An adult day centre for disabled residents is set to be axed as part of a North London council’s need to make £8m worth of cuts over the next year.
Brent Council leader warned that ‘horrific choices’ would have to be made to balance the budget and protect the most vulnerable residents
Next month, Brent Council will deliver their final budget proposal for the coming year against the backdrop of a ‘perfect storm’ of high inflation, a growing demand for services and reduced government funding. To plug the £8m shortfall, the council told the Local Democracy Reporting Service (LDRS) in November that the most visible cuts will likely be to Adult Day Care services.
The council are now consulting with residents on plans to axe the New Millennium Day Centre in Willesden – a council-run centre that provides facilities for adults with physical and learning difficulties – which it claims will save around £500,000.
Council leader, Cllr Muhammed Butt, said: “We just don’t have any low hanging fruit, that’s long gone. Now it truly is going to impact how we deliver services. We have had to make some of the most horrific choices in order to protect the most vulnerable.”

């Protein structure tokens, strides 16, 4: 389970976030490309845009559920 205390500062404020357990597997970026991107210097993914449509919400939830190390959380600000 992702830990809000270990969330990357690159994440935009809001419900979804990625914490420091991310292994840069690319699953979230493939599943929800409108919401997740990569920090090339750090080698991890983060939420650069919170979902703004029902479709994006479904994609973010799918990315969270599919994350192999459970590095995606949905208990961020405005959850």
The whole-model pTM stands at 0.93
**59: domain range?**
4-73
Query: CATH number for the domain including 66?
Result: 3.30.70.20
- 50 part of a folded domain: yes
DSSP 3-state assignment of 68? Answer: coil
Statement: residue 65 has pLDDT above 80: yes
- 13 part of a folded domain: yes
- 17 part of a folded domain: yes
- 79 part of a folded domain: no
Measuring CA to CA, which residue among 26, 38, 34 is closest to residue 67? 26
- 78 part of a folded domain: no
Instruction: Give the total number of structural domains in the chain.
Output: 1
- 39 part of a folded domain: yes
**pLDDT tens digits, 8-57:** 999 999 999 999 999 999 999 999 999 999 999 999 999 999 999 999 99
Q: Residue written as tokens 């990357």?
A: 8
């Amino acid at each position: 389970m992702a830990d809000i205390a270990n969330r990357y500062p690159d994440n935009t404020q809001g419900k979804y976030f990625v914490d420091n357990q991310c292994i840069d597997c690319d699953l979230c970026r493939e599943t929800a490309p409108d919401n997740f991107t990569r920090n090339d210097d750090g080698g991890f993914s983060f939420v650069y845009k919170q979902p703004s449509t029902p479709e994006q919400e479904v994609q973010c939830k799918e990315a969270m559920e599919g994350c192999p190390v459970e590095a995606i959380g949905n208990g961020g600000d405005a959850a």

New Millennium Day Centre offers a range of services to attendees, with the aim of providing them with new skills designed to improve their level of independence. These include art classes, social skills building, IT classes, and cooking.
The latest plans would see the closure of the day centre and offering people that currently attend an alternative place, either at Brent Council’s other remaining in-house service at John Billam Resources Centre in Kenton, or by providing them with the funds to buy their day support from an external provider.
Documents published by the council describe the closure is part of its plan to develop a ‘more dynamic day support offer’. It suggests the move will consolidate the services in the borough enabling it to provide more opportunities to users, which includes offering more sessions to areas where they are lacking – particularly for older people.
Brent Council claims the new model will ‘deliver better outcomes for people’ as well as making cost savings through increasing the number of people in employment and reducing the need for day services, as well as building and staff costs.
A consultation on the plan is on-going, with residents asked to provide feedback on the proposals. If it does go ahead, confirmation is expected to happen by March, with the closure of the centre set to take place in December.